Verity is a rather large sculpture by controversial artist Damien Hirst; she looms tall over the quayside in Ilfracombe Harbour in North Devon. What the photos don’t show well, is that her seaward side is cut away, revealing her innards and unborn child.
I have no idea what any of this ‘means’, but I like Verity…as do most local folk, seemingly.
Minor cause for celebration today; I spent it at the keyboard and finally finished a job which has been hovering around for months. I’ve researched and assembled the South West section of a whitewater guidebook, ‘English White Water’. Actually, I did this over a decade ago, but a second edition is now imminent. I’ve increased the amount of whitewater trips described in my region by 50%; partly through input from other paddlers, partly through spending last winter paddling obscure ditches.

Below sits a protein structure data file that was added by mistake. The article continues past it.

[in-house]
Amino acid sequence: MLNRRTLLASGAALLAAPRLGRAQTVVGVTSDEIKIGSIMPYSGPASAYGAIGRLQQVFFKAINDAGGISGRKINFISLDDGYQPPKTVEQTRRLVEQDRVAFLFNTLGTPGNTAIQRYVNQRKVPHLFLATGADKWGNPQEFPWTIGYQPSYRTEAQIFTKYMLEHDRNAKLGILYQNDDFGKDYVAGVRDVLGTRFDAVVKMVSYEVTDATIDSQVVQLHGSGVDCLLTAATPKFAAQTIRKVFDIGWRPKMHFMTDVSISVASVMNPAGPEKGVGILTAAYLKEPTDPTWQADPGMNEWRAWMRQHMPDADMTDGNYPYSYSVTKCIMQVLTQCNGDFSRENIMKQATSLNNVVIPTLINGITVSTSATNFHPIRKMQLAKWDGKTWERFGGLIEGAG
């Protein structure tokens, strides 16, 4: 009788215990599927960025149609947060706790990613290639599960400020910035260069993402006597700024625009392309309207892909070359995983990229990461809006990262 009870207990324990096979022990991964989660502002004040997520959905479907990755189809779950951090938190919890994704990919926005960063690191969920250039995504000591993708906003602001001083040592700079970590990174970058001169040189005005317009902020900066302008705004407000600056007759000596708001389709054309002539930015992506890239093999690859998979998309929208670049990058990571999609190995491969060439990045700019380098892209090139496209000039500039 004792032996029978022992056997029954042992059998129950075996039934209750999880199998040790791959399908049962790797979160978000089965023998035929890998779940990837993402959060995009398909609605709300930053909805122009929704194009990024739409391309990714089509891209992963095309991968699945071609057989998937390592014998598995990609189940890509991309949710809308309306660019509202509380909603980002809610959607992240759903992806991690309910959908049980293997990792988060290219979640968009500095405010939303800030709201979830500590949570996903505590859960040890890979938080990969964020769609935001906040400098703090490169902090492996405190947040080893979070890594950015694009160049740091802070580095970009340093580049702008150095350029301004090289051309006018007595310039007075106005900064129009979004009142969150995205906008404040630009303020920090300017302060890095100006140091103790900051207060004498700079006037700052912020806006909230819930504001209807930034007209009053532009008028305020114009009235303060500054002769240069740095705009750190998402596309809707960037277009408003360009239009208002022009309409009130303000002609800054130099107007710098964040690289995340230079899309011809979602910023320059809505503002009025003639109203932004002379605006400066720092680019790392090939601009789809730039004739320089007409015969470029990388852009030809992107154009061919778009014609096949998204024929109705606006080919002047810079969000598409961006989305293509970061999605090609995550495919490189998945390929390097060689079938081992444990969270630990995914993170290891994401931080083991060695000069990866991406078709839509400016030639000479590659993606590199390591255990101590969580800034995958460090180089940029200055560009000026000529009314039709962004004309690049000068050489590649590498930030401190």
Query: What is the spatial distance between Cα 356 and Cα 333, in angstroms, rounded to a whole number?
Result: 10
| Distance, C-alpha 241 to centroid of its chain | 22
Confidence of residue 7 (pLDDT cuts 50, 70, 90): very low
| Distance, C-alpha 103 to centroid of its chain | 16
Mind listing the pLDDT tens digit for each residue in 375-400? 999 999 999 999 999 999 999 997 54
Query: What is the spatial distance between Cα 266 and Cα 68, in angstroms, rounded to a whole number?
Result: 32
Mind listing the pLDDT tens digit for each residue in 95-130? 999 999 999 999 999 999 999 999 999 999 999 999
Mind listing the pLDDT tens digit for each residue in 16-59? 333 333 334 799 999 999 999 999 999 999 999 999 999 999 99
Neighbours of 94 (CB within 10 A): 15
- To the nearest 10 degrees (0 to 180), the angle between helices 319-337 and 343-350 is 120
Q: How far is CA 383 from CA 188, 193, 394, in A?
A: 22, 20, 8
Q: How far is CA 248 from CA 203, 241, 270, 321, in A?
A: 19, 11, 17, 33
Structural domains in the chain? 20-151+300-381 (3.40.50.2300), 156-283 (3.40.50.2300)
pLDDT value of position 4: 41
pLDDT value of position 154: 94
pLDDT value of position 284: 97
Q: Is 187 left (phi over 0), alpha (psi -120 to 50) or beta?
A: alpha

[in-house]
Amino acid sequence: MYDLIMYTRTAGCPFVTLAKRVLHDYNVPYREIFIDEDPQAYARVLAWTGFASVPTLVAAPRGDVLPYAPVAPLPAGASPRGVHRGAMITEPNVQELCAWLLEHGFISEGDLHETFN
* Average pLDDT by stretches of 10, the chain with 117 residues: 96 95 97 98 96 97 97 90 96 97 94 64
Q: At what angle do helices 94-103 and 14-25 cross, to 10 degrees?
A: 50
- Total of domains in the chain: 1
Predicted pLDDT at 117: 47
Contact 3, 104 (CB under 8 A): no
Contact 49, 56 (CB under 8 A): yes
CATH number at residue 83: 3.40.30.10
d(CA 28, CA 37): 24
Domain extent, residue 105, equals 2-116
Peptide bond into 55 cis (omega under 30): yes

Working on guidebooks is always fun; they take you to places you wouldn’t otherwise have found the motivation to explore, and they get you out with friends, doing the thing you love. Hopefully they help others to do the same…
By way of celebration, here are a few pics to show the wonderful diversity of great whitewater paddling we are lucky enough to have in our part of the world. All of the pics are mine except the awesome one above, from Ali Marshall; I’m always too preoccupied on the River Plym to think about using a camera…
Enjoying a paddle with my little girl, in North Devon last weekend.
Merry Christmas and a Happy New Year from Heather, Ellen and myself to all of our friends, acquaintances, readers and followers. What an incredible year it has been.
Below, somewhere in Neolithic Dorset, and the west coast of magical Lundy Island.